It probably won’t come as a shock to you that Joe is a messy eater. You’ve seen his picture. And babies aren’t exactly known for their table manners anyway, are they? But Joe takes messy eating to the next level. He dials messy eating up to 11. He laughs in the face of messy eating and then hurls it down the front of my top.
Harry was a messy eater too, of course. I’ve got the traditional pictures of his face smeared with yoghurt, his fingers covered in chocolate, but Joe get his food all over his face, his hands, his clothes, the highchair, the floor and any nearby (and not so nearby – the kid’s got some reach) toys. I have picked partially chewed rice cake out of his ears, his nose, his nappy and my bra. Almost everything in the lounge has a light crusting of Weetabix (which, as any parent knows, is one of the world’s most adhesive substances).
Sometimes he’s doing quite well, I’m managing to scrape the excess off his face and shove it back in his mouth, he’s managing to keep his hands (or his feet) out of the way and then, apparently just to mix things up a little, he’ll sneeze. And you know what happens when you sneeze with a mouthful of, say, pea and pear puree, don’t you? It ain’t pretty. But what was I thinking getting a beige carpet with kids anyway.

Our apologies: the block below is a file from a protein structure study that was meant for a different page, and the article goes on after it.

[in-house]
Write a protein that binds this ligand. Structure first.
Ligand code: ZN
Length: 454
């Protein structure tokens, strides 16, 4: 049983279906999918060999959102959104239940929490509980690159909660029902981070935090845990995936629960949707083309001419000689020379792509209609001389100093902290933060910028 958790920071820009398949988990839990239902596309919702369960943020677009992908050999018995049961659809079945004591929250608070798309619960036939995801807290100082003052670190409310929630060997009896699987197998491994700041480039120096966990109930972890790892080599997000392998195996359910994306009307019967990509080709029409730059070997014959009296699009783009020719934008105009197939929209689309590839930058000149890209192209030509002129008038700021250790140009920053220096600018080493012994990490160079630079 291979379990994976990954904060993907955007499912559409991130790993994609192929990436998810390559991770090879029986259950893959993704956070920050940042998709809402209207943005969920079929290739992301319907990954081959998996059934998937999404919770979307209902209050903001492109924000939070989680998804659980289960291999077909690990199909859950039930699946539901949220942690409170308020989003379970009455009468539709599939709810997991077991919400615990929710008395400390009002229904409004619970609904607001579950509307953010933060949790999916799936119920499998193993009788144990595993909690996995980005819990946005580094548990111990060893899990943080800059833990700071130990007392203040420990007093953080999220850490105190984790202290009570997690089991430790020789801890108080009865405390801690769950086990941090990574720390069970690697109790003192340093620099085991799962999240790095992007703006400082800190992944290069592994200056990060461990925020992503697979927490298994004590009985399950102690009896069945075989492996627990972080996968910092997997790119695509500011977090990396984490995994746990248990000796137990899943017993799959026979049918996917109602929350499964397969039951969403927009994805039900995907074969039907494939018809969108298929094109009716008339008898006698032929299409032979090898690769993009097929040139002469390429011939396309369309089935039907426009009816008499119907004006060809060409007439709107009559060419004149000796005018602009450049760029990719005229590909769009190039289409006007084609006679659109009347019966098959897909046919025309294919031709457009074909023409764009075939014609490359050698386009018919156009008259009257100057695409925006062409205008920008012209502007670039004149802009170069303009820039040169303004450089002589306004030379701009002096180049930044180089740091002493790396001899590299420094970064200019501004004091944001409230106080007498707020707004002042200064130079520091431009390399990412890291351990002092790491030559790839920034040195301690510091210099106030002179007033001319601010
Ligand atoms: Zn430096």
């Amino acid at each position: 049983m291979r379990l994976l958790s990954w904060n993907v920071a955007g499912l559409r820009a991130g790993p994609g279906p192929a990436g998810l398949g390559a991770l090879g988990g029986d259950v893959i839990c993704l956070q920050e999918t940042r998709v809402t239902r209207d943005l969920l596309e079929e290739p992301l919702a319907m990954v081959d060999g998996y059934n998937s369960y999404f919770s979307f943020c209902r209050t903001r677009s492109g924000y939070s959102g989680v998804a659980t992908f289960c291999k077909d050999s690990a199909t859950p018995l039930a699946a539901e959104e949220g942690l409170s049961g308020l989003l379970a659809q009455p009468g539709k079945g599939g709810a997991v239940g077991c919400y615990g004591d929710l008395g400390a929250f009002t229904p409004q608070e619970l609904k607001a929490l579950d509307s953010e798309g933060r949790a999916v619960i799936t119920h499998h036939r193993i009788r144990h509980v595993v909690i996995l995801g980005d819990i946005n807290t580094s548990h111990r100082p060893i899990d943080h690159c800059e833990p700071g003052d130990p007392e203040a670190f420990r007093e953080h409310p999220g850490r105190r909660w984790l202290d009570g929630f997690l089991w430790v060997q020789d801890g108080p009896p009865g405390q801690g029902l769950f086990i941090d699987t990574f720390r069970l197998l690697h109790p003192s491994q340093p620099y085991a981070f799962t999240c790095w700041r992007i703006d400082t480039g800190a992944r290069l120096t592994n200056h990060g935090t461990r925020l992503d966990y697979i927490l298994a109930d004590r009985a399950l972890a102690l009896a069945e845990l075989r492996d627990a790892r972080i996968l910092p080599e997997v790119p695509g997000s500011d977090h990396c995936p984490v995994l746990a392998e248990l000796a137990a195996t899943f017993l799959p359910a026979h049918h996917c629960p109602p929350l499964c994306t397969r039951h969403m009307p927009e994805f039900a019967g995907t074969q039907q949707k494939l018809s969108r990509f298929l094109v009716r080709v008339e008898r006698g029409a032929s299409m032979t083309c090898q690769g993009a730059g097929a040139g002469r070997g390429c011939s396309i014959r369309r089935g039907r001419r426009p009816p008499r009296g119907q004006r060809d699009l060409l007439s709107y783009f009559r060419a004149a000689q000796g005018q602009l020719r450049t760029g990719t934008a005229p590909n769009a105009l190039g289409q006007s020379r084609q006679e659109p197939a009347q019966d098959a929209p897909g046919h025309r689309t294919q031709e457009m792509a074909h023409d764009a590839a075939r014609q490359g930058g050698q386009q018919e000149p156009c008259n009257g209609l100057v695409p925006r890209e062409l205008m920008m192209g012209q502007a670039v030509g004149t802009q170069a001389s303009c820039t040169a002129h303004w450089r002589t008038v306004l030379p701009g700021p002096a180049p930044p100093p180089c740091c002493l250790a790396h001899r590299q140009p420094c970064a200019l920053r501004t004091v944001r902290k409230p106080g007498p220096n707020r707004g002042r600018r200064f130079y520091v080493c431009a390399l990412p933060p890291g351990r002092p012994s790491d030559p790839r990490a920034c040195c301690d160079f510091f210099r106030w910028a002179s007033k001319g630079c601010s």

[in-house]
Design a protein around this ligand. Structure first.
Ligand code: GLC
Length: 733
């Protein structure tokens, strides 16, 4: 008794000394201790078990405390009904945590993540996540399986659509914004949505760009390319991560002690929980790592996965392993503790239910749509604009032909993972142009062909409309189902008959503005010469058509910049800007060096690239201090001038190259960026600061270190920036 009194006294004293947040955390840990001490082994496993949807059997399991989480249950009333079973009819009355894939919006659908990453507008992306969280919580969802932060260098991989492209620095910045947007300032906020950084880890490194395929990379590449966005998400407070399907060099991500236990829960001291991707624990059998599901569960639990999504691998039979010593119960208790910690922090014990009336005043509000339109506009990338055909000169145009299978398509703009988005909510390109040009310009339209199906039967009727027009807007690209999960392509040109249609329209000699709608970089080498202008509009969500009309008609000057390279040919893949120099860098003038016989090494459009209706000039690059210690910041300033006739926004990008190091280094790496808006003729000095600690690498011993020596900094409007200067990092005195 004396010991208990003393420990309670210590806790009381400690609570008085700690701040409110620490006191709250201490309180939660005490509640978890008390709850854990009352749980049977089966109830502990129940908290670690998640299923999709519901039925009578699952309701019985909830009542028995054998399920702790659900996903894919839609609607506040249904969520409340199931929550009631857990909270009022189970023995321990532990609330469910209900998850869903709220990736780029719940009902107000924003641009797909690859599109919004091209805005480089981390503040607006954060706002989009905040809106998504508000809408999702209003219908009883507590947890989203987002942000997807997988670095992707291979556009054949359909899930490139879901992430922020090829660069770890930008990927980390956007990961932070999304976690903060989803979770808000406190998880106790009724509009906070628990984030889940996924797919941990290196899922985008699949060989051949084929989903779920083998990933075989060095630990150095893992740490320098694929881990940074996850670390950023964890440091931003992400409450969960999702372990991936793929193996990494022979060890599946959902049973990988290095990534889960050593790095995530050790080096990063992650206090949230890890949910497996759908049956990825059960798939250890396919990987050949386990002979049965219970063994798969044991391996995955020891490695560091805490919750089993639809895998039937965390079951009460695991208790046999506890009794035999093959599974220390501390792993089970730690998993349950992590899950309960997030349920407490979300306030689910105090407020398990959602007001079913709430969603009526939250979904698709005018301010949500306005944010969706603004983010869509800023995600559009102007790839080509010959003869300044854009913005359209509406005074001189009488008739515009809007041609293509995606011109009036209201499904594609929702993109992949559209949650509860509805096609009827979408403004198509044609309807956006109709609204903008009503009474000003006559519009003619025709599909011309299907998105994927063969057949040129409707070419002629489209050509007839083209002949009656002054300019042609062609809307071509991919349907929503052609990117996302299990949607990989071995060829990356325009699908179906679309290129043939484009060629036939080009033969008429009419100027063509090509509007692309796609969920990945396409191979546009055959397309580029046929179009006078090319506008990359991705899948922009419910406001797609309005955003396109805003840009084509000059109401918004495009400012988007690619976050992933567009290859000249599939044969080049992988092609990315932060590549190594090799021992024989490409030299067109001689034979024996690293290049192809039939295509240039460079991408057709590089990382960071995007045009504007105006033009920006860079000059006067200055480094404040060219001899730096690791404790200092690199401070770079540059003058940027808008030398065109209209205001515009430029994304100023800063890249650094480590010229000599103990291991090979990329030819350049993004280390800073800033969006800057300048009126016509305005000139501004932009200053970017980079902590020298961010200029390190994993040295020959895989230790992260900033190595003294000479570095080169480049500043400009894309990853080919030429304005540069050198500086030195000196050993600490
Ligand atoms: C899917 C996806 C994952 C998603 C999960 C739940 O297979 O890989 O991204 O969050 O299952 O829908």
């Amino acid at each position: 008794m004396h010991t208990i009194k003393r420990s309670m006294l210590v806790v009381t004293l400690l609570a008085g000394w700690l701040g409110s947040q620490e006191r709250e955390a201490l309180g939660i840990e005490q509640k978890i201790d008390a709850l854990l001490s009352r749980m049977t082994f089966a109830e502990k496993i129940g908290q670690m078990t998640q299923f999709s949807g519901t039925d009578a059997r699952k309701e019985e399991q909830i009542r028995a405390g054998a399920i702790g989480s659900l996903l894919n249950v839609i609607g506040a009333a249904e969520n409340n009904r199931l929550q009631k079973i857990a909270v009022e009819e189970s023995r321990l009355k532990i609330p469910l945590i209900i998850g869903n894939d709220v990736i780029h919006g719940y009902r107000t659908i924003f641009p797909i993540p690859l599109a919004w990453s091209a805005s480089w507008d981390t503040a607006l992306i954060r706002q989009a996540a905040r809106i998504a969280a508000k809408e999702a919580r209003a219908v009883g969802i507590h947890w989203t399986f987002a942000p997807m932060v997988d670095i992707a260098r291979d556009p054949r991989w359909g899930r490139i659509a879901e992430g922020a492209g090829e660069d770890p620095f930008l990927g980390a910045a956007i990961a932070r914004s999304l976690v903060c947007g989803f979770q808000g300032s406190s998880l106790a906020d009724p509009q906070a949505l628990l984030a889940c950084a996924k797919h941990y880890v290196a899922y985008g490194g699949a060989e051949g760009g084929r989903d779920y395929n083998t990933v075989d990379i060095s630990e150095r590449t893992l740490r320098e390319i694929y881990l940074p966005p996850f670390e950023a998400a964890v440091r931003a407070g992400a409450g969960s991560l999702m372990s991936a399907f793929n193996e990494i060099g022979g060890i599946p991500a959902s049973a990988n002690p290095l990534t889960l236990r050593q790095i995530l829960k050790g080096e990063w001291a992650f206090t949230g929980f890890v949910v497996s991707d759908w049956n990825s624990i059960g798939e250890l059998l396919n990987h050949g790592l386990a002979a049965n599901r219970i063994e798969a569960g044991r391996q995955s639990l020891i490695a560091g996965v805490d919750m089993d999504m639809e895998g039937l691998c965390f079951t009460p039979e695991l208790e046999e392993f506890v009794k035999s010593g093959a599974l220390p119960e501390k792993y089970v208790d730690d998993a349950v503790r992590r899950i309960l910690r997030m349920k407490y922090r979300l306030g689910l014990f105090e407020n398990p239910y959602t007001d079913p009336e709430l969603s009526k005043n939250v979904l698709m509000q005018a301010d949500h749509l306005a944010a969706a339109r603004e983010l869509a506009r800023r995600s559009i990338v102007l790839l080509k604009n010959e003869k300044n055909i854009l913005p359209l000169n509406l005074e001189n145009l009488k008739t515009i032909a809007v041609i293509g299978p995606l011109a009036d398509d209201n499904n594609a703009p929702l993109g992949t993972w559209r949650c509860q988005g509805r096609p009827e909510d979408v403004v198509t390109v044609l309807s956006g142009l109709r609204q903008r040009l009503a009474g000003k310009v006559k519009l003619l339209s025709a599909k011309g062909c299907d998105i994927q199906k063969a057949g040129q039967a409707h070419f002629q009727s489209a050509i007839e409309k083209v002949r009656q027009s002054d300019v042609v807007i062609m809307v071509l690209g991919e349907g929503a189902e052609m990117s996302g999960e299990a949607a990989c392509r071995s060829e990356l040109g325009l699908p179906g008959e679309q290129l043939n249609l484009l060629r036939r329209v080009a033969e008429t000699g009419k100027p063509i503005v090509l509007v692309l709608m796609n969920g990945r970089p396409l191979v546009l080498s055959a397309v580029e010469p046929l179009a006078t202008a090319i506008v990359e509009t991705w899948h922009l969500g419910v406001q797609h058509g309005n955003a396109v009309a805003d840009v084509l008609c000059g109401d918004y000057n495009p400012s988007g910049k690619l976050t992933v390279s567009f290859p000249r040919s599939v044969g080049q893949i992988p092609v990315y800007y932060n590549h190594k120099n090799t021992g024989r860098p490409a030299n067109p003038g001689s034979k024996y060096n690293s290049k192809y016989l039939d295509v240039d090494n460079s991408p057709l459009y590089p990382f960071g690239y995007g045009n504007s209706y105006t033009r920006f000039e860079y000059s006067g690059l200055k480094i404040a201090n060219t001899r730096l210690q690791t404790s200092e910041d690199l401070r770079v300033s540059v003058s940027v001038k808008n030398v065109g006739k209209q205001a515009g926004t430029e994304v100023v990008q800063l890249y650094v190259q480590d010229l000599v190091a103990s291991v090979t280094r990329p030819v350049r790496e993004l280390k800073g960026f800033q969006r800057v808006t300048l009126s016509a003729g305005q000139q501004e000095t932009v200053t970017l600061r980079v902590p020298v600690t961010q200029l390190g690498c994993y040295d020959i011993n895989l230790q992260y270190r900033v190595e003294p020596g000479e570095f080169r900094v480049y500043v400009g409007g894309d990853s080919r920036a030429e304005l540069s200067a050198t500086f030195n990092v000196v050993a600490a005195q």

And now that Joe’s learned what fun it is to drop things off the side of his highchair, his favourite game is to fling something – usually something wet and disgusting – and then wait for me to bend to pick it up before dropping another, splat on the back of my neck.
At a family wedding this weekend, I was feeding Joe and a cousin said, “Don’t you use a bib?” Well, we did. We used to conscientiously tug a bib over Joe’s head at every feed. The bib would get covered in food and then, when we took it off, we’d find that he’d somehow managed to cover his clothes *under* the bib too. And of course, he’d always save that last bit of sicking up for just after we’d taken the bib off. No matter how long we left it. What we need is a baby Hazmat suit. And one for me. And plastic sheeting for the carpet. And furniture. But it hardly seems worth the effort.
So we keep baby wipes to hand at all times and ignore the rest of the mess. And let’s face it, there are worse things in life than a carrot crunchy in the cleavage.